According to his email, “When the Chicago Bears play, the restaurant fills up with plain cloths [sic] tactical officers … no wonder why people are being shot, 25 officers in restaurant for 3 hours.”
CBS 2 checked it out.
On Dec. 29, a group of plainclothes officers was at the restaurant. The Chicago Police Department identified them as tactical officers assigned to the 5th District, which includes the high-crime Roseland neighborhood.
Two of those tactical unit officers stayed and watched the Bears game for an hour and 52 minutes, CBS 2 reported. That’s a clear violation of written lunch rules that allow for between 30 minutes to an hour, depending on a police officer's assignment.
Their unmarked car was parked on the street when it should have been patrolling the South Side of Chicago.
"I grew up in Roseland. I’ve seen the crime rate," Marketa Kristofek says. “They need to be on the streets here patrolling the citizens of Roseland.”
CBS 2 observed another nine uniformed Chicago police officers that day, even though department policies say lunch is to be taken ”within the district of assignment” and that supervisors are supposed to “prevent unnecessary congregating at eating establishments.”
The officers arrived in marked police vehicles and left together within one hour of their arrival, conforming with the department’s lunchtime rule.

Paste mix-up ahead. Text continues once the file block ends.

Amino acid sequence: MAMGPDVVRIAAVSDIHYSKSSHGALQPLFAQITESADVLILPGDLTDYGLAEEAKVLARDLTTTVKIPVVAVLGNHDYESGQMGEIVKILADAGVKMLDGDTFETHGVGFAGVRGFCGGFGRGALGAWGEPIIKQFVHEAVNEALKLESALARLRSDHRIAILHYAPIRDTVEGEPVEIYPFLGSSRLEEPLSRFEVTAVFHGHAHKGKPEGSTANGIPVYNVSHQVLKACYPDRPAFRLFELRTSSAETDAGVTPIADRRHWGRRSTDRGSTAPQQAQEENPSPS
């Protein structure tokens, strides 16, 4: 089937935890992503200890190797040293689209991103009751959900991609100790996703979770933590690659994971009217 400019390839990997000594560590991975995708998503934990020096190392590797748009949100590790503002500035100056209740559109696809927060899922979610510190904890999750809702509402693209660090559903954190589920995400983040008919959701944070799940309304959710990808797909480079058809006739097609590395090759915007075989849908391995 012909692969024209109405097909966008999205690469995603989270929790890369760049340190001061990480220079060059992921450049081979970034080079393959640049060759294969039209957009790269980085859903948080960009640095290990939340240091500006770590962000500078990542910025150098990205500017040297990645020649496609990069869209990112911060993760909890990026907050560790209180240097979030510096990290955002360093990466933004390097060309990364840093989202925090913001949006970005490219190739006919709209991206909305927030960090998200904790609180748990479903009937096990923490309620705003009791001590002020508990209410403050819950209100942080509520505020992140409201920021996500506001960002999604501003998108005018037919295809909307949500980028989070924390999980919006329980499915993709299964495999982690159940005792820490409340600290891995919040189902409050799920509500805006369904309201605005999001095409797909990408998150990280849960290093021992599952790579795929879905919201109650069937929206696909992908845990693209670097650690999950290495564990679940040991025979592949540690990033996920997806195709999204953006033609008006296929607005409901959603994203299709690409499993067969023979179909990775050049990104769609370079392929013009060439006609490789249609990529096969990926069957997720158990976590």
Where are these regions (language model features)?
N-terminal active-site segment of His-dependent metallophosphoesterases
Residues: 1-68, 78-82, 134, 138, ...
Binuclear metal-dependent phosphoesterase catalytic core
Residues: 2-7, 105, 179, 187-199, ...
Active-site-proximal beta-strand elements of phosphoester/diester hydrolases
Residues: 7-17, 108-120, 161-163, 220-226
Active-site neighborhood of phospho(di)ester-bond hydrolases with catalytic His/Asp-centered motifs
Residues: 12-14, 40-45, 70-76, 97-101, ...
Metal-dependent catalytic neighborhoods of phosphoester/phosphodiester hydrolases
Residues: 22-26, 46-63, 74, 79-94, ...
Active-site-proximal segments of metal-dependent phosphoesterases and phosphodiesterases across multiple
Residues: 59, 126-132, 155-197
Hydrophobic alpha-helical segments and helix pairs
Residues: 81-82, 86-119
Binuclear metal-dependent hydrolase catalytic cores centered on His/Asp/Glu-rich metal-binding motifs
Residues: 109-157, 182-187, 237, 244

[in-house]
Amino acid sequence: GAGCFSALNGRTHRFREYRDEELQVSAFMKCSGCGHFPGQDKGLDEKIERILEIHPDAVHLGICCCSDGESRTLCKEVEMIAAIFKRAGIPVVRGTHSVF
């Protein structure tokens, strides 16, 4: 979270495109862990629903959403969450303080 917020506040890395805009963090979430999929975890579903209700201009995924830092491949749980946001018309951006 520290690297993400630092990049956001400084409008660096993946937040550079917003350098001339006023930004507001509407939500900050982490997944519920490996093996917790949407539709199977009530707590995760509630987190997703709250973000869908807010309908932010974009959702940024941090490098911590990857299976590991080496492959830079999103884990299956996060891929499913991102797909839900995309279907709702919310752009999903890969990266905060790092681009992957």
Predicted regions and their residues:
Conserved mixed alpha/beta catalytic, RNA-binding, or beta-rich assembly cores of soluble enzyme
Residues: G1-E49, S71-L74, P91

But after the department confirmed CBS 2’s findings, a police spokesman said the two tactical officers who stayed for nearly two hours will be disciplined.
However, the spokesman said the department has no problem with the cops eating outside of their district, in part because of how close the restaurant is to the city boundary line.
On Dec. 9, CBS 2 found another group of four tactical officers watching a game. Members stayed for an hour and 55 minutes — another apparent violation of the department's lunch-hour rule.
Then, uniformed police officers started arriving and sitting at various tables. That day CBS 2 saw at least 20 uniformed Chicago police officers and eight plainclothes officers watching at least part of the game.
All of the other officers on both days did leave within an hour — apparently not violating any of the department’s lunchtime rules.
And all of the officers sat in the restaurant of 115 Bourbon St. They did not appear to be drinking any alcoholic beverages.
The department is still trying to identify the officers who were there on Dec. 9 for nearly two hours.
A spokesman said: "The Chicago Police Department does not tolerate any improper actions by its officers. Corrective action has been taken and we continue to examine if additional discipline is necessary."